Morrison and Marks And Spencer
Globalisation, the new information technology, and deregulation of financial markets has eased the provision and search of finance. Millions of shares are traded every day on the world’s stock markets. (Penman, 2003). Investors who trade on these stocks are often forced to ask themselves whether they are buying or selling at the right price. (Penman, 2003). They often attempt to provide answers to these questions by turning to various media including internet chat rooms, printed press, “talking heads” on television and financial networks, who often voice opinions on what they feel the stock prices should be.
(Penman, 2003). In addition, investors consult investment analysts who provide an almost endless stream of information and recommendations to sort out. There are often claims that some shares are undervalued and vice versa. (Penman, 2003). This information at times becomes confusing leaving the investor with no clear indication of what the true prices of stocks should be. (Penman, 2003). Under such circumstances, the investor is forced to make the investment decision following his/her instinct or based on the information provided by the market. (Penman, 2003).
Investors who make the decision based on instinct are referred to as intuitive investors while those who make investment decisions based on capital market efficiency are referred to as passive investors. (Penman, 2003). Passive investors carry out their investment decisions based on the assumption that the market price is a fair price for the risk taken, that is, that market forces have driven the price to the appropriate point. (Penman, 2003). These investment mechanisms appear to be very simple, as they do not require much effort. (Penman, 2003: pp 3).
However, both investors run risks that are even more than the risks of the firms they are investing in since they can either pay too much or sell for less and as a result suffer a decrease in returns on their investments. (Penman, 2003). According to Penman (2003), the intuitive investor has the problem of the intuitive bridge builder: “one may be pleased with one’s intuition but, before building gets underway, it might pay to check that intuition against the calculations prescribed by modern engineering as not doing so may lead to disaster”.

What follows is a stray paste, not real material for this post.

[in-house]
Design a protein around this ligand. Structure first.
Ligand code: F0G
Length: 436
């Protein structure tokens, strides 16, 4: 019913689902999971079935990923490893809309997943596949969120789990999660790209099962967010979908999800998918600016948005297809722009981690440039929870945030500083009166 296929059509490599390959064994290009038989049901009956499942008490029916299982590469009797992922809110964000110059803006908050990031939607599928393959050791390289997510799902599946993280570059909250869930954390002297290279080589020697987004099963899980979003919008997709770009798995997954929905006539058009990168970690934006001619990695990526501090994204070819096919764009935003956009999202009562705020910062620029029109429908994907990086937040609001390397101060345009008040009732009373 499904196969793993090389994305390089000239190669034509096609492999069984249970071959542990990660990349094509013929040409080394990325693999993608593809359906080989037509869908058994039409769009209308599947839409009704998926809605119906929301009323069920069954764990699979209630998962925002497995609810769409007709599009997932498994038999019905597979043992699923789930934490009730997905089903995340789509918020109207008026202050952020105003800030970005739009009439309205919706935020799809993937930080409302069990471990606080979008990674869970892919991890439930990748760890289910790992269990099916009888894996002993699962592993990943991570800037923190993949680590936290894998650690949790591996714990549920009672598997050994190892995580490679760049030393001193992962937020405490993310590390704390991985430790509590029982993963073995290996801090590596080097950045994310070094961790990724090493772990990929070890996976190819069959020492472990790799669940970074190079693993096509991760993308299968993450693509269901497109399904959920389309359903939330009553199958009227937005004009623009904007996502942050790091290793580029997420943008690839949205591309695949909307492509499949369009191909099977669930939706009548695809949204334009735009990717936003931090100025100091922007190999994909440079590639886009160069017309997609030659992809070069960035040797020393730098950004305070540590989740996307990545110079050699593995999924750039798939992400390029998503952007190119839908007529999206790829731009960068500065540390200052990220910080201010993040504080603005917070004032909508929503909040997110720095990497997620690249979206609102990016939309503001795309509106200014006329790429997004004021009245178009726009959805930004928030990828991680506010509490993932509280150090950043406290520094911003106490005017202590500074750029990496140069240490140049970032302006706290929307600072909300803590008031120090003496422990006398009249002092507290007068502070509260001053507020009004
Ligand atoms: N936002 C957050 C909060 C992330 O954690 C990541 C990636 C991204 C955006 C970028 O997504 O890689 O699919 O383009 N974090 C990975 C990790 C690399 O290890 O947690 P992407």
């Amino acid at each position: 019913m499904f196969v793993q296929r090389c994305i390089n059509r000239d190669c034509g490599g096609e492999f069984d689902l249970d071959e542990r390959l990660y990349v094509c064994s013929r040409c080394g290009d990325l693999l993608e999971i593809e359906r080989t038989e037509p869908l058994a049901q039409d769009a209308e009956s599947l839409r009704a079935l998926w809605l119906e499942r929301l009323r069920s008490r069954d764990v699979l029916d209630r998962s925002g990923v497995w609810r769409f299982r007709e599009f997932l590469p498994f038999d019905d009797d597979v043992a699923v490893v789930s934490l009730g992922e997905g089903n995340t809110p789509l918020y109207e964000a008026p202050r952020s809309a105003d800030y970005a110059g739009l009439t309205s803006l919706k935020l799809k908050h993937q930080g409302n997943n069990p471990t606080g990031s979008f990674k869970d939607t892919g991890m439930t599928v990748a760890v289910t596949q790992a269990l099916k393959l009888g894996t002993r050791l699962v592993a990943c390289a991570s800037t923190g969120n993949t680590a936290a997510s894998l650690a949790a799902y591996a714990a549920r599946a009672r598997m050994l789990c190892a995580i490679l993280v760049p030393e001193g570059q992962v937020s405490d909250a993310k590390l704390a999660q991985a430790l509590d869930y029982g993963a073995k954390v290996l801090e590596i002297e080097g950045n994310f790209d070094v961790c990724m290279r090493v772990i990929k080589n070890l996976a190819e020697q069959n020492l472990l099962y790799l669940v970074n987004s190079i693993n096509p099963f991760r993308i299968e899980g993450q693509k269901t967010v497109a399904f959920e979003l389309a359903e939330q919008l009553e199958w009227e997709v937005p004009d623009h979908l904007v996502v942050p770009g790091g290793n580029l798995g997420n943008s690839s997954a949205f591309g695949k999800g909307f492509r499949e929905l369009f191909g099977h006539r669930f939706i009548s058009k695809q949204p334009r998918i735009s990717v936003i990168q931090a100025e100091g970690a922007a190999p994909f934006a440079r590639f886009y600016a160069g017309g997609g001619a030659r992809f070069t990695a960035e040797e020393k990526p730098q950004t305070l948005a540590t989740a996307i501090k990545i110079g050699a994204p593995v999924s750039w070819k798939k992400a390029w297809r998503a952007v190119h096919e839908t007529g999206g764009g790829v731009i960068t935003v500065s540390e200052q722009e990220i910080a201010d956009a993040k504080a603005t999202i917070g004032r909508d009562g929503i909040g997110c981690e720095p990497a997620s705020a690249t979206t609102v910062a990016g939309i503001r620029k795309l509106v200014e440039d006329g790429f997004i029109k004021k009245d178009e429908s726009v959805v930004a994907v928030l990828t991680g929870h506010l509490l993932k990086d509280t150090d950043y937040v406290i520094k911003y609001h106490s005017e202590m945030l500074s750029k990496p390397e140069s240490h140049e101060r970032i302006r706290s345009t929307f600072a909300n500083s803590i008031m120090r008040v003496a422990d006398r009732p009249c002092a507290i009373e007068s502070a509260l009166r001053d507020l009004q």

(Penman, 2003: pp 3). The passive investor runs the risks of either paying too much or selling for less should stocks be mispriced. (Penman, 2003). Although economic and modern finance theory (Bodie et al, 2002; Penman, 2003) predicts that capital markets are perfect it is good practice to check before taking action. (Penman, 2003). Therefore, both the passive and intuitive investor run the risk of trading with someone who has done his homework well, that is, someone who has analysed the information thoroughly.
(Penman, 2003). This study is aimed at carrying out a comparative analysis of four UK based retail companies with particular focus on macroeconomic environment, industry analysis, products, customers, strategy, finance and value so as to enable the researcher gain a reasonable basis for providing recommendations to investors on which company’s stock they should buy, sell, keep or hold.
The rest of the paper is organised as follows: Section 2 provides an analysis of the macroeconomic environment in which the companies are operating, Section 3 analyses the retail industry, which is the industry for the four companies under study, section 4 provides analysis of each of the companies, including products, customers, employees, management, corporate governance and a valuation of each of the companies’ stocks.
This section also provides a methodology for approaching the valuation and an appraisal of the method used as opposed to other methods. Section 5 provides a conclusion and a recommendation to investors on which company to hold, buy or sell.
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